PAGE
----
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FILMSTUD 100C: History of World Cinema III, 1960-Present (FILMSTUD 300C)

This course will provide an overview of cinema from around the world since 1960, highlighting the cultural, political, and economic forces that have shaped various film movements over the last six decades. We will study some key film movements and national cinemas towards developing a historical appreciation of a variety of commercial and art film traditions. Through an exploration of films from Europe, Africa, Asia, and Latin America, we shall examine the industrial histories of non-Hollywood film production and exhibition practices that produce the particular cinematic cultures of each region.
Terms: Spr | Units: 3-5 | UG Reqs: GER:DB-Hum, WAY-A-II

FILMSTUD 101: Fundamentals of Cinematic Analysis: Film Sound (FILMSTUD 301)

The close analysis of film. Emphasis is on formal and narrative techniques in structure and style, and detailed readings of brief sequences. Elements such as cinematography, mise-en-scène, composition, sound, and performance. Films from various historical periods, national cinemas, directors, and genres. Prerequisite: FILMSTUD 4 or equivalent. Recommended: ARTHIST 1 or FILMSTUD 102. Course can be repeated twice for a max of 8 units.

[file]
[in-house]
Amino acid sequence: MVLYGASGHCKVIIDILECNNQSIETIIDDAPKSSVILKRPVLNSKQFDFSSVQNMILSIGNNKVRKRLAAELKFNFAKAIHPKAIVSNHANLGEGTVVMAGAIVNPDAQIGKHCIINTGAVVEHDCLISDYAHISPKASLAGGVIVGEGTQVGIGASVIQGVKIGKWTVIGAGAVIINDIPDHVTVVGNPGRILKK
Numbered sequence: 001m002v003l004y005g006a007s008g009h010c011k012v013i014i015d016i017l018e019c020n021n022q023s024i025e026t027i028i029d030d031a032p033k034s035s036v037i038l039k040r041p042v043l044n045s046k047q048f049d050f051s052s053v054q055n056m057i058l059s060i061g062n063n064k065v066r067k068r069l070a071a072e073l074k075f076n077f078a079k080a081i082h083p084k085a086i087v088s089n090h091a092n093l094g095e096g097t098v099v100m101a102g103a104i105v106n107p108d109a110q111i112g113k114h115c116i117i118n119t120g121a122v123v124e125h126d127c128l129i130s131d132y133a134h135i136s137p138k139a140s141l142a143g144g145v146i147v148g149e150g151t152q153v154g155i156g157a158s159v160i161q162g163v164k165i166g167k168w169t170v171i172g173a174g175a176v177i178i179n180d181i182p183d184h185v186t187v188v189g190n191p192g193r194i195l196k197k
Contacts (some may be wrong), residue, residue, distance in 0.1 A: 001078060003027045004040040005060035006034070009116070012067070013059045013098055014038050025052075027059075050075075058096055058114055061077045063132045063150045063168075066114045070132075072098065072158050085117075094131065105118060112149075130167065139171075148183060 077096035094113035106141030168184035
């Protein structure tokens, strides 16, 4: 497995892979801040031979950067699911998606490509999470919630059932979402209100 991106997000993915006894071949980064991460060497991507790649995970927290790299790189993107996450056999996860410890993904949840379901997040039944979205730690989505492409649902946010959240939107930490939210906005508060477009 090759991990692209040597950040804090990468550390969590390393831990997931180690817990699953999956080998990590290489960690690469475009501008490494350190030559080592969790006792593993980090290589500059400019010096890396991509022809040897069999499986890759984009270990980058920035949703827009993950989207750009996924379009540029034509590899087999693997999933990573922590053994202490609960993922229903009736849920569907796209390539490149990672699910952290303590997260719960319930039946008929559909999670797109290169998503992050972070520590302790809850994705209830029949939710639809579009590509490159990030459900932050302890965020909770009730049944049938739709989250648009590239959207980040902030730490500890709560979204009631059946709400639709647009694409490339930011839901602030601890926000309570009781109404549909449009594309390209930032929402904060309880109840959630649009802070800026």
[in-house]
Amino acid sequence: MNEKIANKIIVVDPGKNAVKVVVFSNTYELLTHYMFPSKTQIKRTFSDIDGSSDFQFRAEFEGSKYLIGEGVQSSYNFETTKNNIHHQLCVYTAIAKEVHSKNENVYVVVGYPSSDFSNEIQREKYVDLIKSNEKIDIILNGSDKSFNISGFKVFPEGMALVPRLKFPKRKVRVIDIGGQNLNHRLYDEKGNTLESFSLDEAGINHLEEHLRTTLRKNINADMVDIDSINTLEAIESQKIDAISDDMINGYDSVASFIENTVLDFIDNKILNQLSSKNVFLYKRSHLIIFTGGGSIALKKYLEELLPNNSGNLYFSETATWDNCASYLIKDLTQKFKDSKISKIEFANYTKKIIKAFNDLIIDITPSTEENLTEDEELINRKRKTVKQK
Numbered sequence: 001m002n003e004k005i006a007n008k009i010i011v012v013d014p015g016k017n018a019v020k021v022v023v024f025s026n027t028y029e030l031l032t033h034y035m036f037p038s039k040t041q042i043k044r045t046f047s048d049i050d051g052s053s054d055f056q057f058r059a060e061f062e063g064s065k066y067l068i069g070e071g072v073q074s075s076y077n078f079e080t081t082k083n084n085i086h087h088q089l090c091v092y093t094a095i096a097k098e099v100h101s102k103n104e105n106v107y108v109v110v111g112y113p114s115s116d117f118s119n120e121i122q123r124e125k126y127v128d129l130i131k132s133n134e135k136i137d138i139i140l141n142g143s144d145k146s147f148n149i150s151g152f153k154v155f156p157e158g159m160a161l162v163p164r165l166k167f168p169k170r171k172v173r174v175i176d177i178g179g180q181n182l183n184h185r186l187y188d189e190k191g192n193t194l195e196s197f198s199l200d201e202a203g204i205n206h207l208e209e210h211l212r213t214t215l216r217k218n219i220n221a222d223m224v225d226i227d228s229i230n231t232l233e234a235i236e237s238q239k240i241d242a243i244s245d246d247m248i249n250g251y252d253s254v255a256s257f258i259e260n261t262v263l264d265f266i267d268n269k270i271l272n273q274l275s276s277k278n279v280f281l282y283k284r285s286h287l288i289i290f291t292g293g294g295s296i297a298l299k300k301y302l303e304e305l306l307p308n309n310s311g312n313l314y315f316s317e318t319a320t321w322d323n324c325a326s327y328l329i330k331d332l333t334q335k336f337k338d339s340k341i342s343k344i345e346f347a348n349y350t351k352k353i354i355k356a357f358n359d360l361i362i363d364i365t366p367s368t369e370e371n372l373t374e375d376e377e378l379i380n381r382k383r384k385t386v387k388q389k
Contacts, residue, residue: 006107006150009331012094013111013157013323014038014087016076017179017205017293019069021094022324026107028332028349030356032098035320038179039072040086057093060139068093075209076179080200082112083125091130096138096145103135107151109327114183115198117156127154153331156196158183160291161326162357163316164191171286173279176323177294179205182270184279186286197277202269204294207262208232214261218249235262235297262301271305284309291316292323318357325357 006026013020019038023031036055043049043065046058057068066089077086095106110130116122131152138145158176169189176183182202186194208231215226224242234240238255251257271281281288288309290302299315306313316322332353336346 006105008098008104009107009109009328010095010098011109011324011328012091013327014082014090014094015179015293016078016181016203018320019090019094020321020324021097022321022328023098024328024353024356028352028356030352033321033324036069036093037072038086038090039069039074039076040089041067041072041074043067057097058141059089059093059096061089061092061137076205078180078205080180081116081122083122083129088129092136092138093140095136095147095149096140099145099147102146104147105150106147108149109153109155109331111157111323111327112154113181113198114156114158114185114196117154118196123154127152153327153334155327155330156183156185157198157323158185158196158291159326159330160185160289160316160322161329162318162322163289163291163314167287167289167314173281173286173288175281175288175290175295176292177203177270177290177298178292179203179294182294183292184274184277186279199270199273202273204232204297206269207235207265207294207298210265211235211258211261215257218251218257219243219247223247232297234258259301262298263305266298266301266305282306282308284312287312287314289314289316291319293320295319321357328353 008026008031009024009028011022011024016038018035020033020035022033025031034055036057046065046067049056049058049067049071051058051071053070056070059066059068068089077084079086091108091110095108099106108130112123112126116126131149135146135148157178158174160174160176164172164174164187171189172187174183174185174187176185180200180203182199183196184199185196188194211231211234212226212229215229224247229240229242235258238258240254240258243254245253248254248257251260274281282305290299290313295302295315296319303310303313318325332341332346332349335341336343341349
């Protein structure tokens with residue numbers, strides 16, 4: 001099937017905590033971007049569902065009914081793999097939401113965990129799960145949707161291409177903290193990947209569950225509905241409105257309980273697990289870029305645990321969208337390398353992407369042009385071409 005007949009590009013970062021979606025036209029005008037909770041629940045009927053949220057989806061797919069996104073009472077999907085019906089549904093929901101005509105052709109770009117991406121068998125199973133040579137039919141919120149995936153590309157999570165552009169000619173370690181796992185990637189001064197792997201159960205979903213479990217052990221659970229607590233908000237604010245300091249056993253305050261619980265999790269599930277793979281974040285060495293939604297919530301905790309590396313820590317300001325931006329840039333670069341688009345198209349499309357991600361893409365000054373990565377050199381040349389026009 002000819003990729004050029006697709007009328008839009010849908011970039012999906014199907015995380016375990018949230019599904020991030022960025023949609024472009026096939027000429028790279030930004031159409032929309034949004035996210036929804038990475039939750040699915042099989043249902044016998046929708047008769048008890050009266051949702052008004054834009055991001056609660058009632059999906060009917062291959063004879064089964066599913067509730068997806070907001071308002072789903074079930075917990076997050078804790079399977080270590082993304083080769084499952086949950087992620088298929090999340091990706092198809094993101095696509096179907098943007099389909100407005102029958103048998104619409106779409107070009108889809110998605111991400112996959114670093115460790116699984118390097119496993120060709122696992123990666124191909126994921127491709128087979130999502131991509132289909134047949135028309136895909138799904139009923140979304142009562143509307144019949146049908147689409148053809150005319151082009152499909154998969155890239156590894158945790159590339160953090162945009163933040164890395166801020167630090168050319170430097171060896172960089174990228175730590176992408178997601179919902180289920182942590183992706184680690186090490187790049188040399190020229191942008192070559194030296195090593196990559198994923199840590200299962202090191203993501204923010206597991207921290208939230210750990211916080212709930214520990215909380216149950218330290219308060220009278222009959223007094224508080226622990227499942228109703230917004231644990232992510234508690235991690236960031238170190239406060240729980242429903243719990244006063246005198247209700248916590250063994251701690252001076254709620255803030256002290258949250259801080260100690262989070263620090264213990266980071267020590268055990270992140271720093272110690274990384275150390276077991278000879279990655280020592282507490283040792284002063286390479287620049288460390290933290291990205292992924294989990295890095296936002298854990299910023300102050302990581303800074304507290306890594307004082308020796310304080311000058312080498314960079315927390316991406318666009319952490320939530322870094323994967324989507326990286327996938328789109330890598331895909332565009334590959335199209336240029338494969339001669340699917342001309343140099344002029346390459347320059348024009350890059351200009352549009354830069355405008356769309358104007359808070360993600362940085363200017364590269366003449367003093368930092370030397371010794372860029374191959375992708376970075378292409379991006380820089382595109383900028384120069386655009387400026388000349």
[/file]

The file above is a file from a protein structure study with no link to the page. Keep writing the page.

Terms: Win | Units: 3-4 | UG Reqs: GER:DB-Hum, WAY-A-II | Repeatable for credit
Instructors: Ma, J. (PI)

FILMSTUD 102: Theories of the Moving Image (FILMSTUD 302)

Major theoretical arguments and debates about cinema: realism,formalism, poststructuralism, feminism, postmodernism, and phenomenology. Prerequisites: FILMSTUD 4.
Terms: Spr | Units: 4 | UG Reqs: GER:DB-Hum, WAY-A-II
Instructors: Oeler, K. (PI)

FILMSTUD 110: Science Fiction Cinema (FILMSTUD 310)

Science fiction film's sense of wonder depends upon the development and revelation of new ways of seeing. The American science fiction film emphasizes the fundamental activity of human perception, its relation to bodily experience and the exploration of other worlds, new cities, and other modes of being, in such new technological spaces as the cyberspaces of the information age. It is perhaps the Hollywood genre most directly concerned with the essence of cinema itself.
Last offered: Autumn 2013 | UG Reqs: GER:DB-Hum, WAY-A-II

FILMSTUD 110N: Darkness in Light: The Filmic Imagination of Horror

Preference to freshmen. From its beginnings, the cinema evinced an affinity with the phantom realm of specters, ghosts, and supernatural beings. Not only does horror have deep and diverse roots in the international history of film; it emerges as a trope of film itself, as a medium of shadows, dematerialized presence, life drained of substance. Overview of filmic imaginations of horror with a focus on the U.S., Europe, and Japan. Theories of horror, from the fantastic to the uncanny; unpacking these in light of key moments in the genre's development. The merits of vampires versus zombies. Ongoing debates through the lens of horror about cinematic representation, from Andre Bazin's idea of the mummy complex to Linda Williams' thesis of body genres to Jeffrey Sconce's notion of haunted media. Introduction to film analysis and interpretation; no prior experience in film studies required. Required weekly screening.
Last offered: Winter 2015 | UG Reqs: WAY-A-II

FILMSTUD 112: Women in French Cinema: 1958- (FEMGEN 192, FRENCH 192)